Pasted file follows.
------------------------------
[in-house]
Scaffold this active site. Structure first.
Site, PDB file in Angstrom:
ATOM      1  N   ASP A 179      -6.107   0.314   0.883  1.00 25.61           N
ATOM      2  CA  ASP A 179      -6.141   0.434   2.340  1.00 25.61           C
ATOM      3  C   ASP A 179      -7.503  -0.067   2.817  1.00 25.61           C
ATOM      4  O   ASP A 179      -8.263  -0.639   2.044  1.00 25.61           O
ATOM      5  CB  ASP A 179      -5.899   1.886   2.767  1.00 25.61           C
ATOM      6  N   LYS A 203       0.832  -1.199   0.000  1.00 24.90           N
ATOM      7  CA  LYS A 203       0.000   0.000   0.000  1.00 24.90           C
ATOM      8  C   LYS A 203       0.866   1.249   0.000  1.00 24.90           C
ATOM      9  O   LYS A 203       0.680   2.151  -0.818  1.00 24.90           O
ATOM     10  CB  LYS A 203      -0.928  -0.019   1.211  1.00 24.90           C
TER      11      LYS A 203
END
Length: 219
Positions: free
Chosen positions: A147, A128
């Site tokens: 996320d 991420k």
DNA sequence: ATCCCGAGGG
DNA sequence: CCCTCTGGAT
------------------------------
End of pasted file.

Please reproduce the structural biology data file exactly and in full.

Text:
[in-house]
Scaffold this active site. Structure first.
Site, PDB file in Angstrom:
ATOM      1  N   ASP A 179      -6.107   0.314   0.883  1.00 25.61           N
ATOM      2  CA  ASP A 179      -6.141   0.434   2.340  1.00 25.61           C
ATOM      3  C   ASP A 179      -7.503  -0.067   2.817  1.00 25.61           C
ATOM      4  O   ASP A 179      -8.263  -0.639   2.044  1.00 25.61           O
ATOM      5  CB  ASP A 179      -5.899   1.886   2.767  1.00 25.61           C
ATOM      6  N   LYS A 203       0.832  -1.199   0.000  1.00 24.90           N
ATOM      7  CA  LYS A 203       0.000   0.000   0.000  1.00 24.90           C
ATOM      8  C   LYS A 203       0.866   1.249   0.000  1.00 24.90           C
ATOM      9  O   LYS A 203       0.680   2.151  -0.818  1.00 24.90           O
ATOM     10  CB  LYS A 203      -0.928  -0.019   1.211  1.00 24.90           C
TER      11      LYS A 203
END
Length: 219
Positions: free
Chosen positions: A147, A128
């Site tokens: 996320d 991420k």
DNA sequence: ATCCCGAGGG
DNA sequence: CCCTCTGGAT